Arsenal Pulp Press, 2018
If you could replace the ghost in your lesbian supernatural romance with a living character and nothing substantial changed, you might not be writing a ghost story. Lambda Literary Award-winner Amber Dawn’s second novel is many things – a compelling family drama, a fascinating piece of historical fiction, a thoughtful examination of the scars left by abuse, and a surprisingly sweet romance – but it is not a ghost story.
“It’s not actually more I want. Not like the despairing, compulsive more I usually want. I only want us all to be what we could have been if pain didn’t happen. Is that greedy? To want what’s been stolen? I love this place, these people. I want wholeness for them.”
The novel follows Starla Martin, an emotionally-scarred, self-centred, promiscuous university drop-out who is capable of great cruelty and great kindness. Starla’s tale takes place in 1990 and begins with a homecoming to the sleepy town of Crystal Beach – also Dawn’s hometown – which is less triumphant than she would have hoped. Plagued by debt, her distrustful mother, and the awful weight of failure, Starla finds an escape in The Point, a near-abandoned campground, and the ruins of the town’s torn-down amusement park.
She soon discovers that both are haunted by Etta Zinn, the restless ghost of a dead patron. Starla finds Etta terrifying and alluring in equal measure, and she soon becomes obsessed with the spirit, who is equally obsessed with her. After Etta’s haunting leads a violent alcoholic, Hal, to believe he’s had a religious experience, the pair team up to try to change things for the desperate residents of The Point. However, as the book points out, hope based in lies is “fake hope;” something has to give. As the tension mounts, the reader begins to suspect that that something will be Starla herself.
Despite the novel’s supernatural and horrific elements, it is anchored in very real social ills. Starla is an abuse survivor, still processing what happened to her even as she tries to protect others with similar pain. Her toxic relationship with Etta could just easily be between two living women; what matters is that it brings out the best and worst of both characters. “In my experience, dangerous spirits can only do to us what we’re already doing to ourselves.”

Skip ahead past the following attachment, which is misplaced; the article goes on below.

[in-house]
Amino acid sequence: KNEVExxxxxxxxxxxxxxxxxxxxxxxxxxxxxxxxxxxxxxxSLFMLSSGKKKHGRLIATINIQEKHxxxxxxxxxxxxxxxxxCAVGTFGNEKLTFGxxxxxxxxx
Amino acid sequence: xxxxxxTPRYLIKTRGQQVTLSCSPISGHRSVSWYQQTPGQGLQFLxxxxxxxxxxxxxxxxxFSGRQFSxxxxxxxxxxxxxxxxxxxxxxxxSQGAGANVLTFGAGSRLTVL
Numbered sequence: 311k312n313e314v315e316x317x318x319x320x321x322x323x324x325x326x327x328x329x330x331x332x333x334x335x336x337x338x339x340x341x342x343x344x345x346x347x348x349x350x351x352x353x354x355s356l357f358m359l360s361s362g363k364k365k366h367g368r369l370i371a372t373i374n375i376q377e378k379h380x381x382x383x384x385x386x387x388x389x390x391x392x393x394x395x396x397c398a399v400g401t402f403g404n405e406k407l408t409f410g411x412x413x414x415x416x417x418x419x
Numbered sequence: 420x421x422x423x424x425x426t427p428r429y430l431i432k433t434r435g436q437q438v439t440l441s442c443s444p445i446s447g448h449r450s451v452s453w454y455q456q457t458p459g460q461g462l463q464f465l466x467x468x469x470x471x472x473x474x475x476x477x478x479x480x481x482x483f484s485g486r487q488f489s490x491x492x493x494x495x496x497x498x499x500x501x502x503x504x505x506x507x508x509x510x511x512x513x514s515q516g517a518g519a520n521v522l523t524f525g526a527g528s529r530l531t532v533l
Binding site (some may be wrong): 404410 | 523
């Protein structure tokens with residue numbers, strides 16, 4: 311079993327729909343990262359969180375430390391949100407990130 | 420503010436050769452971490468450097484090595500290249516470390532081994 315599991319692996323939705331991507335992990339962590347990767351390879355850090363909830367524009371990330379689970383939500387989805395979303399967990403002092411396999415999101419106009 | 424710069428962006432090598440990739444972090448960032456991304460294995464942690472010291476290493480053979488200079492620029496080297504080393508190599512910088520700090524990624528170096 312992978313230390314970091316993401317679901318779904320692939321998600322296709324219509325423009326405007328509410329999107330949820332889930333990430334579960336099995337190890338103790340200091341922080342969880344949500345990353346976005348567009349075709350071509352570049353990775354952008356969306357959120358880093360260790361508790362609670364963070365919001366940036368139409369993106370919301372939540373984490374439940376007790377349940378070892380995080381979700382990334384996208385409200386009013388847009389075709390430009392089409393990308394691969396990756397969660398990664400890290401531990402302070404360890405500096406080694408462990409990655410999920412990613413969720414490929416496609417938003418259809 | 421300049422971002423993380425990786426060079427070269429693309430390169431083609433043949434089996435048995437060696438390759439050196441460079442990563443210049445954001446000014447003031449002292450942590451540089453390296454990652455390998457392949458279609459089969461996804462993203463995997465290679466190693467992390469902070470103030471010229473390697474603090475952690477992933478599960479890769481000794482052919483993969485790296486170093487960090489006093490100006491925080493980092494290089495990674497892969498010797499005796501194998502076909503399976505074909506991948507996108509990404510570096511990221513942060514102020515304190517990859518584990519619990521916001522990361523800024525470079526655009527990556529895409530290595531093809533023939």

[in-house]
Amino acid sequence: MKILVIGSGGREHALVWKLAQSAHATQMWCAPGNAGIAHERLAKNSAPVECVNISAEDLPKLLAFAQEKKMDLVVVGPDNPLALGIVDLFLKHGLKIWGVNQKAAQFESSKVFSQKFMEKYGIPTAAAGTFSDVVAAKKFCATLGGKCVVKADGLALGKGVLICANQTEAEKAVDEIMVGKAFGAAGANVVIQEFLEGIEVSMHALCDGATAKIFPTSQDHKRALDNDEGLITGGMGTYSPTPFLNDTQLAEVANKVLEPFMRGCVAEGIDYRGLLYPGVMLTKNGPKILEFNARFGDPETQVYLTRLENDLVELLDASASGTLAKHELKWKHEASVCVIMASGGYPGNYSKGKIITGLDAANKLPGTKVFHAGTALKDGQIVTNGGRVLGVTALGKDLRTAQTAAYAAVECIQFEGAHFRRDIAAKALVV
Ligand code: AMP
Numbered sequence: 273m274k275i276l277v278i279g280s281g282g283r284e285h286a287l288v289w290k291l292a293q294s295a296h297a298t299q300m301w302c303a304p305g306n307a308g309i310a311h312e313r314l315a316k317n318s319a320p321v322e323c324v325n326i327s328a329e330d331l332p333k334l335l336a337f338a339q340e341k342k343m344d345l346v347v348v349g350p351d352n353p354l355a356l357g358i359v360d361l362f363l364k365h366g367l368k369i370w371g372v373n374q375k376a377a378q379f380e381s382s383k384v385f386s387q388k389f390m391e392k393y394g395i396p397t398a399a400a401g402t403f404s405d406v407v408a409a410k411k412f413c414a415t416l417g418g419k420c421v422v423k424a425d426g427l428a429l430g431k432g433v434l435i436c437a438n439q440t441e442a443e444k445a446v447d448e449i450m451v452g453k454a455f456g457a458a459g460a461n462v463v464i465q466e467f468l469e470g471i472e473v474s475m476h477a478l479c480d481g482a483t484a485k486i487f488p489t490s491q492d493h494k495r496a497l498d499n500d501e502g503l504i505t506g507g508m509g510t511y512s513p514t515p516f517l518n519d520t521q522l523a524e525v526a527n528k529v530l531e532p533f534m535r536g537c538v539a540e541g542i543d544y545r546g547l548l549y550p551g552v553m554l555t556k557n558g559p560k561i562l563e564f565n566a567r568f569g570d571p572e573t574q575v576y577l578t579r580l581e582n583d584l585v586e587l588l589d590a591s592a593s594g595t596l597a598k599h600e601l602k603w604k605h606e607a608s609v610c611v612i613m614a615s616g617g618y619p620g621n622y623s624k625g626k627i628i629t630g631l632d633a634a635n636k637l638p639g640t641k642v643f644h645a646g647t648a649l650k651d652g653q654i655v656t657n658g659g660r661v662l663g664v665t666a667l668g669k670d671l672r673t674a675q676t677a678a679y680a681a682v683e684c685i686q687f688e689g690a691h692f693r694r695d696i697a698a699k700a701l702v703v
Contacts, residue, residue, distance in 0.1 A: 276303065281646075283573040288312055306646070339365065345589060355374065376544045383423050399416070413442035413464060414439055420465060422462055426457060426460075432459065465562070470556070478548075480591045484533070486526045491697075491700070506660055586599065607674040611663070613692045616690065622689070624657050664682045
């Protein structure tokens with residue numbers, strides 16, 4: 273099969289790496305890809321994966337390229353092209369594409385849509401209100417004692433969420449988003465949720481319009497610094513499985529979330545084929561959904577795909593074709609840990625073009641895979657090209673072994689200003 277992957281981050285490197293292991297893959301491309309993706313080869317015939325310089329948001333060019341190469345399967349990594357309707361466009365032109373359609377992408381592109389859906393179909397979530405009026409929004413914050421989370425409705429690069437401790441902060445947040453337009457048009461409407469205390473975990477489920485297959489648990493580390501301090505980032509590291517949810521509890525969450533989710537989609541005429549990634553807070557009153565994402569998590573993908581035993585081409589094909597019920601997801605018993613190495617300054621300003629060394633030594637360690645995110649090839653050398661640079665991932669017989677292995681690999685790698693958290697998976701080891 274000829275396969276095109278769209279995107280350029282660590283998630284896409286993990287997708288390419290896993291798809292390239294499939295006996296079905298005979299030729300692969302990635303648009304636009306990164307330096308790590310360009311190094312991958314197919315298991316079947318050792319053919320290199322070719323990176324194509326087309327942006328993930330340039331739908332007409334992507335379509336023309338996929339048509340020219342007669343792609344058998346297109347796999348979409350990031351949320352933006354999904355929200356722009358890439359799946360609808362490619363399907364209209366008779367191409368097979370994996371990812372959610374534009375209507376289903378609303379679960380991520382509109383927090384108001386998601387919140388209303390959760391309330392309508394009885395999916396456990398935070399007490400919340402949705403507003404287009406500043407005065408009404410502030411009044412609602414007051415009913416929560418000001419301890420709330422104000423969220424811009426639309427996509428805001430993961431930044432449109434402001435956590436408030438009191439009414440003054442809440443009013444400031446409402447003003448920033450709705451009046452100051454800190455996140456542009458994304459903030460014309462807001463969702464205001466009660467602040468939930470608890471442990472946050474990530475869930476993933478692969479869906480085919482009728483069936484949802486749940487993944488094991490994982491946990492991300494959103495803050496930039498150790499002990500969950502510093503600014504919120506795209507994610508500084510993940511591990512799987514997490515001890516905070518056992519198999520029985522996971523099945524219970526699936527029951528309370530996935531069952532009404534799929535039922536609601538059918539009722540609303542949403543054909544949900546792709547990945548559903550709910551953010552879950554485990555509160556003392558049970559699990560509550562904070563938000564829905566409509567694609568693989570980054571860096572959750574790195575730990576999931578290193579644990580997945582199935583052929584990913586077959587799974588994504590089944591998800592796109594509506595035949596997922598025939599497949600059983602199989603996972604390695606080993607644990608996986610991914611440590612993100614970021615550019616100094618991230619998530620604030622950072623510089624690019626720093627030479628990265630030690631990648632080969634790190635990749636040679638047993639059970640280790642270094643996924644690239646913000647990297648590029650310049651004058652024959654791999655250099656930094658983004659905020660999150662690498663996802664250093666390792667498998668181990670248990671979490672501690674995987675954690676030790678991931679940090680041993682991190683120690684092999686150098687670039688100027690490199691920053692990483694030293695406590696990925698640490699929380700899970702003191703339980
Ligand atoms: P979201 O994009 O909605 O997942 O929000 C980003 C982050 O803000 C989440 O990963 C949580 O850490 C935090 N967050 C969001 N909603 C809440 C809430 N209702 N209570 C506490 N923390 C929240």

The cast is populated by misfits and outcasts, with a special focus on women whose lives have fallen apart. Starla’s mother Barbara is just as promiscuous as her daughter, insecure about her lack of education, and incapable of understanding her daughter. Hal’s wife Bobby is a First Nations woman who was forced into foster care as a child, lost custody of her daughter, and refuses to seek help dealing with her drunk and abusive husband for fear of losing her son Lucky as well. The rest of the female cast include a grieving mother, a victim of domestic abuse, and an exotic dancer – with whom Starla is slowly falling in love, despite the fact that Etta’s hold over her life grows stronger.
Dawn’s prose is informal and meandering, often blurring the line between past and present and sliding in thematically-relevant anecdotes from her character’s lives. The pages are dotted with references to period-accurate media.
Starla’s narration doesn’t hold back on swearing or brutal detail. It is bluntly sexual territory, and less titillating as a result. Sex is a part of Starla’s life, but not necessarily a healthy one. Sodom Road Exit may not be a ghost story, but it is an enthralling glimpse into the life of a young, troubled queer woman and the community she builds despite herself.